‘What if it [depression] was a physical illness that just happens to make people feel pretty lousy? Would that make it less of a big deal to admit to? Could it even put a final nail in the coffin of the idea that depression is all in the mind’?
Such is the question posed by Caroline Williams writing in the UK’s ‘The Guardian’. Her piece, ‘Is depression a kind of allergic reaction’? is accompanied by the strap-line, ‘A growing number of scientists are suggesting that depression is a result of inflammation caused by the body’s immune system’.
And Williams is of course right – there has been a growing body of scientific literature that links inflammation, and the chemical cascade that precipitates it and continues to fuel the fire, with depression and other mental health conditions.
Theoretically, and in practice, it makes sense to view the body as an holistic system; the duality of body and mind is anachronistic and does not adequately reflect the complicated dynamics of what is actually happening.
Indeed, Williams goes on to quote a clinical psychologist who has much experience of studying depression. She writes:
‘George Slavich, a clinical psychologist at the University of California in Los Angeles, has spent years studying depression, and has come to the conclusion that it has as much to do with the body as the mind. “I don’t even talk about it as a psychiatric condition anymore,” he says. “It does involve psychology, but it also involves equal parts of biology and physical health.”’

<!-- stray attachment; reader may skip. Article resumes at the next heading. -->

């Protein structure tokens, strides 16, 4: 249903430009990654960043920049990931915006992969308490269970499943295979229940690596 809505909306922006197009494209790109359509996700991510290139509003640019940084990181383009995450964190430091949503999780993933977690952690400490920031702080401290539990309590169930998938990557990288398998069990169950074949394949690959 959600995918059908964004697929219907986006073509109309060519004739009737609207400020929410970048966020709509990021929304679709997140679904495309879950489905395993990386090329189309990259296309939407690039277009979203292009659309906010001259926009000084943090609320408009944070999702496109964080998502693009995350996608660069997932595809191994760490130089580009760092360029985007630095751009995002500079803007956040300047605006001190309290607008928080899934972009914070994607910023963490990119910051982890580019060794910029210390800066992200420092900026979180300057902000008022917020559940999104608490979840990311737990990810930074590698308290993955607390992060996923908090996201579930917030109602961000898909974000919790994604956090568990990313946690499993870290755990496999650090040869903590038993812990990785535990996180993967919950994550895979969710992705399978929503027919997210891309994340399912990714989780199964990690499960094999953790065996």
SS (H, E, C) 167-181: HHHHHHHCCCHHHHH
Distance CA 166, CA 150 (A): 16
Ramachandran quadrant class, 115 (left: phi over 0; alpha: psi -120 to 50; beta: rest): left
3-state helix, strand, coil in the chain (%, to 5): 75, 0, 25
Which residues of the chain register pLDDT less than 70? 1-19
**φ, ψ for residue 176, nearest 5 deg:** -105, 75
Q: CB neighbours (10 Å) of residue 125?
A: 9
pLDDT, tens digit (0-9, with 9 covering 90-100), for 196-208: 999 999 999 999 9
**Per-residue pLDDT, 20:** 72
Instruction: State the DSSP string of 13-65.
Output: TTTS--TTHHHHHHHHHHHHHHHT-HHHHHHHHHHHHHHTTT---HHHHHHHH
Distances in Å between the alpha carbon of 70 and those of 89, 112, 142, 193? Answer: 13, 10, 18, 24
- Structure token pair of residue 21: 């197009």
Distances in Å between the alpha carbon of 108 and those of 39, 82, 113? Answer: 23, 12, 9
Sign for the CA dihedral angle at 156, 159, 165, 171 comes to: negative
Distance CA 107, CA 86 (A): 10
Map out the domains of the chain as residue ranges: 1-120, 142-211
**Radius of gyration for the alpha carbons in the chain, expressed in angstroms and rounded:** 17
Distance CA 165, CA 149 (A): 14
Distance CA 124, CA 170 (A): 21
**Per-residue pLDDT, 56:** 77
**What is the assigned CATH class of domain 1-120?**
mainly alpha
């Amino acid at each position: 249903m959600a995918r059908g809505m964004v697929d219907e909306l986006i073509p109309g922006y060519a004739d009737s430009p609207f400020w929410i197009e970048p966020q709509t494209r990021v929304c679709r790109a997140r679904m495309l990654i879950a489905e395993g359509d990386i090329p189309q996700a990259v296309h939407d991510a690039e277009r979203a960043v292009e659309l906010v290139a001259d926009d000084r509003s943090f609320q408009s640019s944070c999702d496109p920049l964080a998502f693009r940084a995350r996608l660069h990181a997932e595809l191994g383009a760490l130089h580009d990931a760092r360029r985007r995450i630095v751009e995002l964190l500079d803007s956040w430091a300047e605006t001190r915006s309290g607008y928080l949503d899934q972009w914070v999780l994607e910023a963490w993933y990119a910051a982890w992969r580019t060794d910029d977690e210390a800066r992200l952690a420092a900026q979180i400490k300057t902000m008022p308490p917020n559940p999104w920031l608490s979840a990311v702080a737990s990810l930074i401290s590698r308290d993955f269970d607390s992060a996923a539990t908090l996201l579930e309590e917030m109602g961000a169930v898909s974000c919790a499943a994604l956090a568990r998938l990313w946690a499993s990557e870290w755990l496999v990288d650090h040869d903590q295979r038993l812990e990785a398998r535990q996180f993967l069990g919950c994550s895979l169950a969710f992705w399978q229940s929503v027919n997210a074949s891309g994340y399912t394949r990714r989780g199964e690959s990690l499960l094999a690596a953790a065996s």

But despite the empirical and clinical evidence that is pointing in the direction suggested by Williams, there may very well be a warning from history that may cause us to pause for thought.
Quite incidentally, I’ve begun to read the excellent book ‘Madhouse: A Tragic Tale of Megalomania and Modern Medicine’ by the historian Andrew Scull. In the book, Scull provides an in-depth study of the life and work of Dr. Henry Cotton, an American psychiatrist and the medical director of New Jersey State Hospital at Trenton between 1907 and 1930. Cotton was a leading proponent of what was termed ‘scientific medicine’, and included a belief that mental illness was the result of untreated infections in the body. Thus in order to properly treat such illnesses, Cotton believed that ‘surgical bacteriology; was required; this often meant that patients had teeth removed, sections of colon excised, hysterectomy and other major surgical procedures to effect a ‘cure’.
For a while, Cotton’s work was viewed as ground-breaking by a sizeable section of the psychiatric community. That it was later discredited as a result of poor statistical analysis and other major failings, meant that this avenue of research was effectively closed down, and rightly so.
Now, I am not suggesting that the current scientific data is a re-run of the Cotton debacle. Statistical methodology today is far more robust and reliable that it was in Cotton’s day. So we might pause for thought, but not for too long. Today’s data, and shifting scientific knowledge, may very well lead to better, more integrated and targeted treatments for devastating illnesses, including bipolar disorder.
Whether all of this will come together to effectively reduce the stigma of ‘mental’ illness is a moot point. It is true that conditions with a clearly demonstrable ‘physical’ basis are treated more equitably than bipolar disorder, schizophrenia or major depression for example. But such stigma is deeply ingrained in society and will take time and effort to address.
You can read more about the issues raised by reading Caroline Williams’ article here in its entirety.